DAVID Cameron defied those that believe Britain is a fading power as he gave his first speech as Prime Minister to the City at Mansion House arguing instead that Britain remained “a great economic power.”
The Prime Minister said: “We have the resources – commercial, military and cultural – to remain a major player.
“Far from looking back, starry-eyed, on a glorious past this country can look forward, clear-eyed, to a great future.”
Cameron told the Lord Mayor’s banquet Britain was still open for business adding: “Show me a city in the world with stronger credentials than the City of London”.
And he promised the government would “at each and every turn” stand up for the financial services and City of London. “London is Europe’s pre-eminent financial centre,” he added. “With this government I am determined it will remain so.”
The Prime Minister said there was no reason why the rise of new economic powers should lead to a loss of British influence globally reiterating the fact that the UK remained the fourth largest economy in the world.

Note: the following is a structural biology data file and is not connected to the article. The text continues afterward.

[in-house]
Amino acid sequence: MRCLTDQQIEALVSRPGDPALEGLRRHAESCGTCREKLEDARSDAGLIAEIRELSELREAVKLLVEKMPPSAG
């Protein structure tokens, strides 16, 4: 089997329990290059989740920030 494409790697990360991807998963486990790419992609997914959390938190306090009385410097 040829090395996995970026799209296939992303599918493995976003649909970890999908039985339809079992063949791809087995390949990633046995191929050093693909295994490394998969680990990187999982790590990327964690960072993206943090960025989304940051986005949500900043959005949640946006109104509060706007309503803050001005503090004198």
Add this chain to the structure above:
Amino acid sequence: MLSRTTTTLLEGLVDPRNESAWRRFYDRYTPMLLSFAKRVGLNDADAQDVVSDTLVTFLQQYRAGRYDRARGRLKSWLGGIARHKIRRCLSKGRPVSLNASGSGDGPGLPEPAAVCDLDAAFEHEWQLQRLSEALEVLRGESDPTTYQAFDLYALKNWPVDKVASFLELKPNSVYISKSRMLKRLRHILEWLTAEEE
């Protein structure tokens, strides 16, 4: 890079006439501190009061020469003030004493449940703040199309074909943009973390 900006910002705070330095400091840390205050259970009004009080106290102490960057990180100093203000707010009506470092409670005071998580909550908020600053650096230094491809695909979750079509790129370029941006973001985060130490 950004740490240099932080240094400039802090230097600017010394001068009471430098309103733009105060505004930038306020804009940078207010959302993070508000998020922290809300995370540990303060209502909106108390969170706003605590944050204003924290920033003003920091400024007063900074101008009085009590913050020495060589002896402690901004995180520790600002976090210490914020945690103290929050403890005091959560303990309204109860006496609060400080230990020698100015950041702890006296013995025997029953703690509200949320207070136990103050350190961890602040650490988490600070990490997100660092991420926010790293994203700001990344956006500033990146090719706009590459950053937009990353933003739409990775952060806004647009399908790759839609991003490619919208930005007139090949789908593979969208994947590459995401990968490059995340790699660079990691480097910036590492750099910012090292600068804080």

“We have the relationships – with the most established powers and the fastest-growing nations – that will benefit our economy,” he added.
He also said Britain’s military power would not be diminished in spite of the recent cuts to the defence budget under the Strategic Defence Review last month.
While putting forward a generally upbeat message about Britain’s position in the world, Cameron warned there were changes that needed to be made to maintain this standing.
The Prime Minister warned economic weakness at home would translate into political weakness abroad adding: “The faster we can get our domestic house in order the more substantial and credible our international impact is going to be.”